Each Registrant relies on technology in virtually all aspects of its business. Like those of many large businesses, certain of the Registrant's technology systems have been subject to computer viruses, malicious codes, unauthorized access, phishing efforts, denial-of-service attacks and other cyber attacks and each Registrant expects to be subject to similar attacks in the future as such attacks become more sophisticated and frequent. A significant disruption or failure of its technology systems by physical or cyber attack could result in service interruptions, safety failures, security events, regulatory compliance failures, an inability to protect information and assets against unauthorized users, and other operational difficulties. Attacks perpetrated against each Registrant's systems could result in loss of assets and critical information and expose it to remediation costs and reputational damage.

Although the Registrants have taken steps intended to mitigate these risks, a significant disruption or cyber intrusion could adversely affect each Registrant's financial results. Cyber attacks could further adversely affect each Registrant's ability to operate facilities, information technology and business systems, or compromise sensitive customer and employee information. In addition, physical or cyber attacks against key suppliers or service providers could have a similar effect on each Registrant. Additionally, if each Registrant is unable to acquire, develop, implement, adopt or protect rights around new technology, it may suffer a competitive disadvantage.

Each Registrant is actively pursuing, developing and constructing new or expanded facilities, the completion and expected costs of which are subject to significant risk, and each Registrant has significant funding needs related to its planned capital expenditures.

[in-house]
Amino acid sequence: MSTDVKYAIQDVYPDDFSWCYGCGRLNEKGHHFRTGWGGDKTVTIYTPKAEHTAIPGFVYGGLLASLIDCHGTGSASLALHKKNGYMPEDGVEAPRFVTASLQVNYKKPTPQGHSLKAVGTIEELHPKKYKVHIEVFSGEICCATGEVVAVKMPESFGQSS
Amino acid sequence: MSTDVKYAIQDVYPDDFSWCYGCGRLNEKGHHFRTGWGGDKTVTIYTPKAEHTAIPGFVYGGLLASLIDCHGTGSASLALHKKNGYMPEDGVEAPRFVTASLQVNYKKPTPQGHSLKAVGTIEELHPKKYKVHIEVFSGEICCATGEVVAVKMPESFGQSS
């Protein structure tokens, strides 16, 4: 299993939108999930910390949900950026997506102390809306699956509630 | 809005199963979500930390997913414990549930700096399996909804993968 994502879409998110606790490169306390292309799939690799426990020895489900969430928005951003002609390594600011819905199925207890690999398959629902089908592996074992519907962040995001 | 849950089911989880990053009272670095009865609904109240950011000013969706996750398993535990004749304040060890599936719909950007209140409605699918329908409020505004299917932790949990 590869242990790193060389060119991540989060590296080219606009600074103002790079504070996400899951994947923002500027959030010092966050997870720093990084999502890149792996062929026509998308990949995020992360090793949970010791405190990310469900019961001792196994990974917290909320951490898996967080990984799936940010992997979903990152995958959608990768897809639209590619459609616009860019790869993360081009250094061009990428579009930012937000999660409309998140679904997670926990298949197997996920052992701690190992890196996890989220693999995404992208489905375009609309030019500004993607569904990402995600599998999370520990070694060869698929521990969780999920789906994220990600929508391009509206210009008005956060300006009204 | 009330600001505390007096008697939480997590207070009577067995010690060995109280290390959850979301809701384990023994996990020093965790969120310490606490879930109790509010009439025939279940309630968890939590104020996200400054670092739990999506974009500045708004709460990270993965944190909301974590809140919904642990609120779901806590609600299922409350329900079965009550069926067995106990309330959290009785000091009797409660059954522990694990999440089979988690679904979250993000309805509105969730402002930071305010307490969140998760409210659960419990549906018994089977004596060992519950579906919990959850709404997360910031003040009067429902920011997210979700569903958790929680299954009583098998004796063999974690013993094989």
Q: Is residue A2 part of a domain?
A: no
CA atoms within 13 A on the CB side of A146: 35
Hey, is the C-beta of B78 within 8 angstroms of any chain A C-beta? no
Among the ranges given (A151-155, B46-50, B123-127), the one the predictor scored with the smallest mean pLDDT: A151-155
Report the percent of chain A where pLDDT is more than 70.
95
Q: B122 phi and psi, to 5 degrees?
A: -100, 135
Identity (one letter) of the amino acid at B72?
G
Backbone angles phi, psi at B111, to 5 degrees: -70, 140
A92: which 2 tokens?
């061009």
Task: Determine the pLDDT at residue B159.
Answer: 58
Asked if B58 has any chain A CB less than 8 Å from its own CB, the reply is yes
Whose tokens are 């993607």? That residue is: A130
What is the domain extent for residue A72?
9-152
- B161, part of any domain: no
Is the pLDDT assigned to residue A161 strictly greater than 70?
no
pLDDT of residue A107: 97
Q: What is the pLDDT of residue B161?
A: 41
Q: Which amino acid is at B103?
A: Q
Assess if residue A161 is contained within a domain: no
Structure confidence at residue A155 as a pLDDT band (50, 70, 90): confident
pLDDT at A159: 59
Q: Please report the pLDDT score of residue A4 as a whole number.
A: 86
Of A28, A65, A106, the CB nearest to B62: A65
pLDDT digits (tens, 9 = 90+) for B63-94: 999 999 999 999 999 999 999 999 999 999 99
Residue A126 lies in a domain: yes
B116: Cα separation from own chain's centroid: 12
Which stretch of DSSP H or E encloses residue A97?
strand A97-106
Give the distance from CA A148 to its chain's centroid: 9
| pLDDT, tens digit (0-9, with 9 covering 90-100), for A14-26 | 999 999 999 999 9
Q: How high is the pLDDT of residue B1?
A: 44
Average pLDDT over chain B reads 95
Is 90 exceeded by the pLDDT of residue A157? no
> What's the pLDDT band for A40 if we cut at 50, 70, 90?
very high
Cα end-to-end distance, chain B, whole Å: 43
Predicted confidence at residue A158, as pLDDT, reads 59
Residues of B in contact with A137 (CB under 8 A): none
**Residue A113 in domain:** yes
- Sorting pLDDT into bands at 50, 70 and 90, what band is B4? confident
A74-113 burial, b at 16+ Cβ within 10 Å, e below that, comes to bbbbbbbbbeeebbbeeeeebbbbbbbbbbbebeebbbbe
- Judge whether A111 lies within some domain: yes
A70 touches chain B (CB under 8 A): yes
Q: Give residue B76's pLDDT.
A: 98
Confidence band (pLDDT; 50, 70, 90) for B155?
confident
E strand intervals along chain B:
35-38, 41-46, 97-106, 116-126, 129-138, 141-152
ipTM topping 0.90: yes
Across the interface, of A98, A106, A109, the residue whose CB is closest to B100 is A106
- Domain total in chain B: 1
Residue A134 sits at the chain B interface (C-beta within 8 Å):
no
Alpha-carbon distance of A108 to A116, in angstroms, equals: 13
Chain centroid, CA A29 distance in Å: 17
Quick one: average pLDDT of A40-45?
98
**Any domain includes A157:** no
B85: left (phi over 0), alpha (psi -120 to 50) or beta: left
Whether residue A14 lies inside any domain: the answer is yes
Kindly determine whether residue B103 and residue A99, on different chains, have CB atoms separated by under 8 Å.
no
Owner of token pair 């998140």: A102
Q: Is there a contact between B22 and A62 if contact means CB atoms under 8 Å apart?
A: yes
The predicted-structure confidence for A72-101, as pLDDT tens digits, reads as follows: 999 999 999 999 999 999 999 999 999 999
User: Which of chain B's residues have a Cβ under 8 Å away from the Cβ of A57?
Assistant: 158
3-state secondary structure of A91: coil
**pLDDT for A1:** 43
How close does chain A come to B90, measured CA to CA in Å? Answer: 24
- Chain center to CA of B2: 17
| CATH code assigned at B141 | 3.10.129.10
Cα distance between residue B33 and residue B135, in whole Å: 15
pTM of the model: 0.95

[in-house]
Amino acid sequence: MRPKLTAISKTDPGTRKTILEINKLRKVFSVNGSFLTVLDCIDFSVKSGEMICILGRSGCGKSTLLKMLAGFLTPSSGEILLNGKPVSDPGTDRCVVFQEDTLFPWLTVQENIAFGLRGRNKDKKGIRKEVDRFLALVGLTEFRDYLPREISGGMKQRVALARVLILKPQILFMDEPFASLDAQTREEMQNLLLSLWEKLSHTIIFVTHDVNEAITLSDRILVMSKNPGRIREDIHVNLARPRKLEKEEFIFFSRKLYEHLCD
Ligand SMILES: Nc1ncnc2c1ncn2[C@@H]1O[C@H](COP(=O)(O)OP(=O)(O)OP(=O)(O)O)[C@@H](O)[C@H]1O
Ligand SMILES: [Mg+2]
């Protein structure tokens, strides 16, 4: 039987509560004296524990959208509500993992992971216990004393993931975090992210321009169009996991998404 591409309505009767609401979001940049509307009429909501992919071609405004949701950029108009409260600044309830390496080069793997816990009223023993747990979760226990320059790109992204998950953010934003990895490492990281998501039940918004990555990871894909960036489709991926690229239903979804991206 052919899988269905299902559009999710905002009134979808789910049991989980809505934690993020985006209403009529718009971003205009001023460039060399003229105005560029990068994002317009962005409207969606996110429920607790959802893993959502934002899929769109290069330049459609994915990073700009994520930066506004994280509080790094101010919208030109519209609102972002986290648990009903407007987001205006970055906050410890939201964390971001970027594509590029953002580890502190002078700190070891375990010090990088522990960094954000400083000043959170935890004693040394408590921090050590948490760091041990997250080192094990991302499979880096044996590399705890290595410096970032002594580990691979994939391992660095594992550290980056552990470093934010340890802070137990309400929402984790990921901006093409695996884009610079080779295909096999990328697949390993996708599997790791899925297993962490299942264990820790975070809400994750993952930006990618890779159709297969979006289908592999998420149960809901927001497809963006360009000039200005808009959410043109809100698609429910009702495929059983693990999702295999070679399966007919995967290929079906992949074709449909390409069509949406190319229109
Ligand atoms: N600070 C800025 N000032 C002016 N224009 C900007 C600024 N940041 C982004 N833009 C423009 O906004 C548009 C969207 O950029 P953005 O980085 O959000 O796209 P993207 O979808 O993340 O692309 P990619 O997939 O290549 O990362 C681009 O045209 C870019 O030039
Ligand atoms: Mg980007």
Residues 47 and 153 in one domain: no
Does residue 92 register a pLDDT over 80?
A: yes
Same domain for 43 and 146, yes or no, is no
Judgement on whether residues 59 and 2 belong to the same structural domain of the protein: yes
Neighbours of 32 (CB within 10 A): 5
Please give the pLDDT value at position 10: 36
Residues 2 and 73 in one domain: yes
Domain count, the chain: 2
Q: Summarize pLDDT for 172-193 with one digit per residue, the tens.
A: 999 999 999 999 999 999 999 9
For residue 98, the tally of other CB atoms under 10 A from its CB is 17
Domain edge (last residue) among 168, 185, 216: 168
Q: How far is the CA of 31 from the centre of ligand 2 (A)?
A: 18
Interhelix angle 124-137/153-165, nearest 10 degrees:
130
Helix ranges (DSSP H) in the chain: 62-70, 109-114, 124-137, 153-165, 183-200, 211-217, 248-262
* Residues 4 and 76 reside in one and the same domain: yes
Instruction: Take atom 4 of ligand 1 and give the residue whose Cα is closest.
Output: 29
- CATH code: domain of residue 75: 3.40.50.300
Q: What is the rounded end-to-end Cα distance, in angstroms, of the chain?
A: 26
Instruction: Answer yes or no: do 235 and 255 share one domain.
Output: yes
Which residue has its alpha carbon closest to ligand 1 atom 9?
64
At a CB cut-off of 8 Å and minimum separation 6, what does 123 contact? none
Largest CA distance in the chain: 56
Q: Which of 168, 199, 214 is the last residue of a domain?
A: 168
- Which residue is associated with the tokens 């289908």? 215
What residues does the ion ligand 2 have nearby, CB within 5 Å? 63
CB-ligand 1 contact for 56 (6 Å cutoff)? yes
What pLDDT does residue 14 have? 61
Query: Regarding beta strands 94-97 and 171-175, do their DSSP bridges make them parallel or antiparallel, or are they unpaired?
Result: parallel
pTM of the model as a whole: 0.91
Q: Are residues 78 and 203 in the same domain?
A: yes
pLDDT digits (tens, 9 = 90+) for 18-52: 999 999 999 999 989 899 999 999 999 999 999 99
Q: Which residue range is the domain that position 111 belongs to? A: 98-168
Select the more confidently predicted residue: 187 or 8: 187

Each Registrant actively pursues, develops and constructs new or expanded facilities. Each Registrant expects to incur significant annual capital expenditures over the next several years. Such expenditures may include construction and other costs for new electricity generating facilities, electric transmission or distribution projects, environmental control and compliance systems, natural gas storage facilities, new or expanded pipeline systems, and continued maintenance and upgrades of existing assets.

Development and construction of major facilities are subject to substantial risks, including fluctuations in the price and availability of commodities, manufactured goods, equipment, and the imposition of tariffs thereon when sourced by foreign providers, labor, siting and permitting and changes in environmental and operational compliance matters, load forecasts and other items over a multi-year construction period, as well as counterparty risk and the economic viability of the Registrants' suppliers, customers and contractors. Certain of the Registrants' construction projects are substantially dependent upon a single supplier or contractor and replacement of such supplier or contractor may be difficult and cannot be assured. These risks may result in the inability to timely complete a project or higher than expected costs to complete an asset and place it in-service and, in extreme cases, the loss of the power purchase agreements or other long-term off-take contracts underlying such projects. Such costs may not be recoverable in the regulated rates or market or contract prices each Registrant is able to charge its customers. Delays in construction of renewable projects may result in delayed in-service dates which may result in the loss of anticipated revenue or income tax benefits. It is also possible that additional generation needs may be obtained through power purchase agreements, which could increase long-term purchase obligations and force reliance on the operating performance of a third party. The inability to successfully and timely complete a project, avoid unexpected costs or recover any such costs could adversely affect such Registrant's financial results.